Enter Pompey, Menecrates, and Menas, in warlike manner
We, ignorant of ourselves, Beg often our own harms, which the wise powers Deny us for our good; so find we profit By losing of our prayers.
I shall do well: The people love me, and the sea is mine; My powers are crescent, and my auguring hope Says it will come to the full. Mark Antony In Egypt sits at dinner, and will make No wars without doors: Caesar gets money where He loses hearts: Lepidus flatters both, Of both is flatter'd; but he neither loves, Nor either cares for him.
He dreams: I know they are in Rome together, Looking for Antony. But all the charms of love, Salt Cleopatra, soften thy waned lip! Let witchcraft join with beauty, lust with both! Tie up the libertine in a field of feasts, Keep his brain fuming; Epicurean cooks Sharpen with cloyless sauce his appetite; That sleep and feeding may prorogue his honour Even till a Lethe'd dulness!
How now, Varrius!
This is most certain that I shall deliver: Mark Antony is every hour in Rome Expected: since he went from Egypt 'tis A space for further travel.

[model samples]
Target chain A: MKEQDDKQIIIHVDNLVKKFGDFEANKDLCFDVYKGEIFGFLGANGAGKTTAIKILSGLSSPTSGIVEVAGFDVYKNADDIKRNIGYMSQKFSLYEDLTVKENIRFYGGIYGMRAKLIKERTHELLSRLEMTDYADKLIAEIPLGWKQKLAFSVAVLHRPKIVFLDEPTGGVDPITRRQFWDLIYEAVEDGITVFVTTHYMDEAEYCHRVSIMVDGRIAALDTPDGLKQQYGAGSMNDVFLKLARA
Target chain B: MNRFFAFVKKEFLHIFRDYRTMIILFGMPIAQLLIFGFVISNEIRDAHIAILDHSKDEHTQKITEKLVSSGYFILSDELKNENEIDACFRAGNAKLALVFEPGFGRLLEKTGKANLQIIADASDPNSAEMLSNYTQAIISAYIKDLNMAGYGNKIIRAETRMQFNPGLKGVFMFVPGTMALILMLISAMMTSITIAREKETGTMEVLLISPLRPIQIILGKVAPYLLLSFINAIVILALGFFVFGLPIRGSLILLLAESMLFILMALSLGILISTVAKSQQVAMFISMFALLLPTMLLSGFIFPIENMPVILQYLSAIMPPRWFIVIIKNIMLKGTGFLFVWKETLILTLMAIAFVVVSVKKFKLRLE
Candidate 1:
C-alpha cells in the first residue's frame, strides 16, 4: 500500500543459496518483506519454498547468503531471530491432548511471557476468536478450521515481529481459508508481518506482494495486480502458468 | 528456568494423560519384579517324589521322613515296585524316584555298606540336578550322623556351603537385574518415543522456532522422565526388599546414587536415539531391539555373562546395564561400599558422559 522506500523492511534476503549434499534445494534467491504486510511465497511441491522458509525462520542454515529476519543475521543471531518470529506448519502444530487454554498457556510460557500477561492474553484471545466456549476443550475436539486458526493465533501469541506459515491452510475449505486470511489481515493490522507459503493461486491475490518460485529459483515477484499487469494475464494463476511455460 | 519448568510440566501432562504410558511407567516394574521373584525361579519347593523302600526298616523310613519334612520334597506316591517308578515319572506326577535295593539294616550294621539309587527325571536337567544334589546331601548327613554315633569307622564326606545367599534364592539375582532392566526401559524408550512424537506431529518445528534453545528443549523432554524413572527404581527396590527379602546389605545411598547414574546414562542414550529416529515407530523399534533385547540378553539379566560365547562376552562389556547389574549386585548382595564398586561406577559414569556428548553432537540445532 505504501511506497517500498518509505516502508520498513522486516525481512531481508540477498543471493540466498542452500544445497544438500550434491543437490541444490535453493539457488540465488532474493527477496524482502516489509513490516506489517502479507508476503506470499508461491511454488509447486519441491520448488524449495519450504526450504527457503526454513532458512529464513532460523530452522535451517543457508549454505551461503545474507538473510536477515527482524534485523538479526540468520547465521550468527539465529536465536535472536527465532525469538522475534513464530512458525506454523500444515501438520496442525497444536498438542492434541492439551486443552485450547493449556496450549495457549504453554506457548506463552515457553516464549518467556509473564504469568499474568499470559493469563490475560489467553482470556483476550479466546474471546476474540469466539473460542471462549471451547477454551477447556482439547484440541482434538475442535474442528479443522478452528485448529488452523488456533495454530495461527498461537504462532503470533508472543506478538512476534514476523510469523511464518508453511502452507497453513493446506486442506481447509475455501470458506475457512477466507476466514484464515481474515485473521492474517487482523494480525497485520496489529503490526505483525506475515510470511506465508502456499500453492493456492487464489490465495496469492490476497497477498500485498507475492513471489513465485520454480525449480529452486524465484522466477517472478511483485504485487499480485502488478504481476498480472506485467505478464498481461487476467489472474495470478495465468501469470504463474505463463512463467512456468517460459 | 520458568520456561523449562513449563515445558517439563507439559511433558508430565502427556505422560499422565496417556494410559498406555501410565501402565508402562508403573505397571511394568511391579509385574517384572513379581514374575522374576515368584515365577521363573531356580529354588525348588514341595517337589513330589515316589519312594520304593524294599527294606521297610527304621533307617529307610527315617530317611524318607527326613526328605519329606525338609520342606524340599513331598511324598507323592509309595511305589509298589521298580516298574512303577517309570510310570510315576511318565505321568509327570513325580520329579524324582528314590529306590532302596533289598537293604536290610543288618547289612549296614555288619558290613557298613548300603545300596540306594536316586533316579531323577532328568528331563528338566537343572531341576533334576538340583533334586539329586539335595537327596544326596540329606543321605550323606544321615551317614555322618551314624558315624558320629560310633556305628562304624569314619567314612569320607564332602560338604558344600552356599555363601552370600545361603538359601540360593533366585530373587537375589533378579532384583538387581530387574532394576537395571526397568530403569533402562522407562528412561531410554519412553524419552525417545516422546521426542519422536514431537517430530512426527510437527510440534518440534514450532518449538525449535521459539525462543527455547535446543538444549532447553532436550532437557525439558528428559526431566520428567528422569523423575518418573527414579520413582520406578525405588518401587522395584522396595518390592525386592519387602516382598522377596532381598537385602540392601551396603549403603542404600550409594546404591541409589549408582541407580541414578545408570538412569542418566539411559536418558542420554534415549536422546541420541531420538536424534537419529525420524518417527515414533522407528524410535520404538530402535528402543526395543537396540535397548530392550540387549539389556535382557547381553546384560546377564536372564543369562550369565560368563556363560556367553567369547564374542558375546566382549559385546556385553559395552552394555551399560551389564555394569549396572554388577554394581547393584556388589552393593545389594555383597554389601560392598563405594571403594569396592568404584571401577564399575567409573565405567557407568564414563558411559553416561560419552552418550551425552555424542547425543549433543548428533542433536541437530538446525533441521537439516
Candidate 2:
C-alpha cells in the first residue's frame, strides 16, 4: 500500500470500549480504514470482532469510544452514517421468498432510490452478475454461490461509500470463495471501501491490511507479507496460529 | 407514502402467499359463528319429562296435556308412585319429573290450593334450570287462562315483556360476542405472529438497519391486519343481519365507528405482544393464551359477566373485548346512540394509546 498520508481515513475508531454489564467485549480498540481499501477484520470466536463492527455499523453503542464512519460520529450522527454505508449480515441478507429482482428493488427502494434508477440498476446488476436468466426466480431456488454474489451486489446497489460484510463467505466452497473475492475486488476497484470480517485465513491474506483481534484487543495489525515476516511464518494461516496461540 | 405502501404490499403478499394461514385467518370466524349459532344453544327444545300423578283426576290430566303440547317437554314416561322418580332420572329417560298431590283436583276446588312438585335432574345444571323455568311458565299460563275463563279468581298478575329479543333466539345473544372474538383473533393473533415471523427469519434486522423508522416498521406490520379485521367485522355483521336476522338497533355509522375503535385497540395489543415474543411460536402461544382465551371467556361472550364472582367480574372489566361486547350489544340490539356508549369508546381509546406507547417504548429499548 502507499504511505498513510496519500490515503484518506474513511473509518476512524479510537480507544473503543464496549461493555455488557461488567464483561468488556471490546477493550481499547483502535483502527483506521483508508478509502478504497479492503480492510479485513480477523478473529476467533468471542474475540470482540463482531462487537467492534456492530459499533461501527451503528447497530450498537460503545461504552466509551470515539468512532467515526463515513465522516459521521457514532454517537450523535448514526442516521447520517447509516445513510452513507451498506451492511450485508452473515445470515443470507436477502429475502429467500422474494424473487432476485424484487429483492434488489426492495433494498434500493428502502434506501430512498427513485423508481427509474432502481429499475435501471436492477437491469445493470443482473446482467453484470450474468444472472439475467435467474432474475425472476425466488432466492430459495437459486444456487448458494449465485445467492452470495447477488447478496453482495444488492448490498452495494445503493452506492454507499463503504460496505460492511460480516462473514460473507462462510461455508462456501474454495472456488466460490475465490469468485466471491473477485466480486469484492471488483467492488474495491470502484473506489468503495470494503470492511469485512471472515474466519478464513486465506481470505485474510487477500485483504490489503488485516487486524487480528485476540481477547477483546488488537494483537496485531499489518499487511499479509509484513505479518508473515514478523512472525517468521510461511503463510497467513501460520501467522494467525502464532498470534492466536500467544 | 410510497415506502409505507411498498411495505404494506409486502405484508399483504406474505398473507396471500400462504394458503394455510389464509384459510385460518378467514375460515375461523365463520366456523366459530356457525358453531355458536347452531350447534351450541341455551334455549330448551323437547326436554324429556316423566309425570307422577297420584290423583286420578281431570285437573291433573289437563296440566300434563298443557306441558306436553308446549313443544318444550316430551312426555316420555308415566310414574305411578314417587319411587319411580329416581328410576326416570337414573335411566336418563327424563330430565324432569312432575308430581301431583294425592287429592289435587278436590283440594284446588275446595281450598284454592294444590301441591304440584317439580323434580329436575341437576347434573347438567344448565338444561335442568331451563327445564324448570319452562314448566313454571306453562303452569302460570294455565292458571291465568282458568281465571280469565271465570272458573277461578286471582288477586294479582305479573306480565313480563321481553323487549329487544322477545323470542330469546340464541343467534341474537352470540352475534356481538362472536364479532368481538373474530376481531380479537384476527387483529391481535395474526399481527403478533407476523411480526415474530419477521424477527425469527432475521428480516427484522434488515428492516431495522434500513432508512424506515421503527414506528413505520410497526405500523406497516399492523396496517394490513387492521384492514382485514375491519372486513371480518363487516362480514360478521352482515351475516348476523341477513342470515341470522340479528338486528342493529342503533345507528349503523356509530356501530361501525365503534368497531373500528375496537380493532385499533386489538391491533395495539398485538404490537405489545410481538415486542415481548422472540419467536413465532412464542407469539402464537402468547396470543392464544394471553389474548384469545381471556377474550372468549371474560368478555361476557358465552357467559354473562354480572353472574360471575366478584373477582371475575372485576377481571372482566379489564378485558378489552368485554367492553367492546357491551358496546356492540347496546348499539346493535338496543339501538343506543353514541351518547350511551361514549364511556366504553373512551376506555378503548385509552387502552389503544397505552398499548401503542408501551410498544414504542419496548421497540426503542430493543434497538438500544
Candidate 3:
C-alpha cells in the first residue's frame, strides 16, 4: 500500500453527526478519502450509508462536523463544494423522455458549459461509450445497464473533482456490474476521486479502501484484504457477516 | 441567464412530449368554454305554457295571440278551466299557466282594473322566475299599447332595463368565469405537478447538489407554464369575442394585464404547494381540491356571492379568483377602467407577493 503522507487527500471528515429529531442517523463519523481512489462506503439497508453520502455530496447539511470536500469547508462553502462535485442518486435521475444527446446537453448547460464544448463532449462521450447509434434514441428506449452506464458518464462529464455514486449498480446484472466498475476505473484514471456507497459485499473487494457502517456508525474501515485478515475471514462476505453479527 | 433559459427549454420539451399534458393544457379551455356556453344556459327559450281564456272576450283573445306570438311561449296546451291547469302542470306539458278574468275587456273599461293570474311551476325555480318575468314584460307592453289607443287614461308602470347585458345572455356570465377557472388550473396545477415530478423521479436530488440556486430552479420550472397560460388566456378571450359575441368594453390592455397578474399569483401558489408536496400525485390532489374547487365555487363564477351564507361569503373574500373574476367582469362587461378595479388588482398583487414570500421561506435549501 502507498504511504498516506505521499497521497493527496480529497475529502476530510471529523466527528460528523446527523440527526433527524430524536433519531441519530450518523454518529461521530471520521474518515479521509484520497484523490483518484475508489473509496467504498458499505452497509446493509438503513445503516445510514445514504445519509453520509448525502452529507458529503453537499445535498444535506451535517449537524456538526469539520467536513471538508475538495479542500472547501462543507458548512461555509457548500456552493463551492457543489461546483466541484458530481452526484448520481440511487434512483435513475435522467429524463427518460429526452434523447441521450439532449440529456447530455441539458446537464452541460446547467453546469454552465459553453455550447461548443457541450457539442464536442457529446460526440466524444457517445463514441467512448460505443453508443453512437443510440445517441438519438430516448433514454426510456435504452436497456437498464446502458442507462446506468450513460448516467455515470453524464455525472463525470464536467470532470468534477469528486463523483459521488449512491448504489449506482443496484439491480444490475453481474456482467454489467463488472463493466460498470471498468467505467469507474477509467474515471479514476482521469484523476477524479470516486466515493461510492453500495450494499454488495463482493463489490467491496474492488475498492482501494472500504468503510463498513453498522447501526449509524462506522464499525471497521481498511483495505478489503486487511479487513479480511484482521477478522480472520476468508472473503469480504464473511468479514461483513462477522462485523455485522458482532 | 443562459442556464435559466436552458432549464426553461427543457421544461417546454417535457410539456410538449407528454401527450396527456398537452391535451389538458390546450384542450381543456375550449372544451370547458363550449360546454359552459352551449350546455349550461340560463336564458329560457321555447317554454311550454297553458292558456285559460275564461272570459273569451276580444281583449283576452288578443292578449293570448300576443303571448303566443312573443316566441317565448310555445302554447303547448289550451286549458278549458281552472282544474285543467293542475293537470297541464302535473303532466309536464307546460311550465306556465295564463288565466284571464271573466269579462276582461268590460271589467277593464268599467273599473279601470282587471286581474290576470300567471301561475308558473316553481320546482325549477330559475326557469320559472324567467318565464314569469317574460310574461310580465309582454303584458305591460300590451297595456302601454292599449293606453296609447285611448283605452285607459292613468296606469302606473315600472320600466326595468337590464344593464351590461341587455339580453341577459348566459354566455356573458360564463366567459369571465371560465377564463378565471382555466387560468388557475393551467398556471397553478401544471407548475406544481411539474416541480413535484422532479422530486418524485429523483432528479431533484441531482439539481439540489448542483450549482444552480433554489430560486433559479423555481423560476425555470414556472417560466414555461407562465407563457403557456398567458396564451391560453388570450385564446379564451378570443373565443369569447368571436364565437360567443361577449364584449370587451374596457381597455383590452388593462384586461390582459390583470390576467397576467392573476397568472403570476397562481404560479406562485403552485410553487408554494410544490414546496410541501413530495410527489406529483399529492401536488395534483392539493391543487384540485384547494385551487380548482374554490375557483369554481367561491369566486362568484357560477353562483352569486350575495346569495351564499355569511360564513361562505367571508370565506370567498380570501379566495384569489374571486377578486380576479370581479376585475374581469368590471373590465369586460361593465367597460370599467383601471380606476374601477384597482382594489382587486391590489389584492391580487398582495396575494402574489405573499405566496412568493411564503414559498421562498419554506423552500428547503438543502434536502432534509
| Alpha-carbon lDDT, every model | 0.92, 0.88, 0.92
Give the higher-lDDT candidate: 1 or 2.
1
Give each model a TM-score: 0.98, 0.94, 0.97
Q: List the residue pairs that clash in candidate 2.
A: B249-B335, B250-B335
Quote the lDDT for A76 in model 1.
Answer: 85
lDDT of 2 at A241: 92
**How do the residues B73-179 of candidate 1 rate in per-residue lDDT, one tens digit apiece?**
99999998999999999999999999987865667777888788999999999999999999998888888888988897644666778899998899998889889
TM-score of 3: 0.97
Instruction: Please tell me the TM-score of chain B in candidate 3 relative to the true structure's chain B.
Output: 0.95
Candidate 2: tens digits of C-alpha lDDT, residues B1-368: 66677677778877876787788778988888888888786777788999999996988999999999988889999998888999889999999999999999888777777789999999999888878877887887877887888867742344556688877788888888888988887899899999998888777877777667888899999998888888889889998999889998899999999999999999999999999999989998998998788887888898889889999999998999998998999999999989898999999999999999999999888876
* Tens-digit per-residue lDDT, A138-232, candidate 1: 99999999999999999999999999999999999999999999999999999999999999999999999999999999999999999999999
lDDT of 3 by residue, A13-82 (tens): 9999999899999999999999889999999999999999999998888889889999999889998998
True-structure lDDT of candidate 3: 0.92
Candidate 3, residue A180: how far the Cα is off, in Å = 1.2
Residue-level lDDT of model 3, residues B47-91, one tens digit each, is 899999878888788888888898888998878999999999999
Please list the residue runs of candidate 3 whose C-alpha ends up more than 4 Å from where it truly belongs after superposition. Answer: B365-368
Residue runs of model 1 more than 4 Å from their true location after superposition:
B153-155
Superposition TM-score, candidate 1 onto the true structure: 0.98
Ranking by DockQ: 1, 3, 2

I could have given less matter A better ear. Menas, I did not think This amorous surfeiter would have donn'd his helm For such a petty war: his soldiership Is twice the other twain: but let us rear The higher our opinion, that our stirring Can from the lap of Egypt's widow pluck The ne'er-lust-wearied Antony.
I cannot hope Caesar and Antony shall well greet together: His wife that's dead did trespasses to Caesar; His brother warr'd upon him; although, I think, Not moved by Antony.
I know not, Menas, How lesser enmities may give way to greater. Were't not that we stand up against them all, 'Twere pregnant they should square between themselves; For they have entertained cause enough To draw their swords: but how the fear of us May cement their divisions and bind up The petty difference, we yet not know. Be't as our gods will have't! It only stands Our lives upon to use our strongest hands. Come, Menas.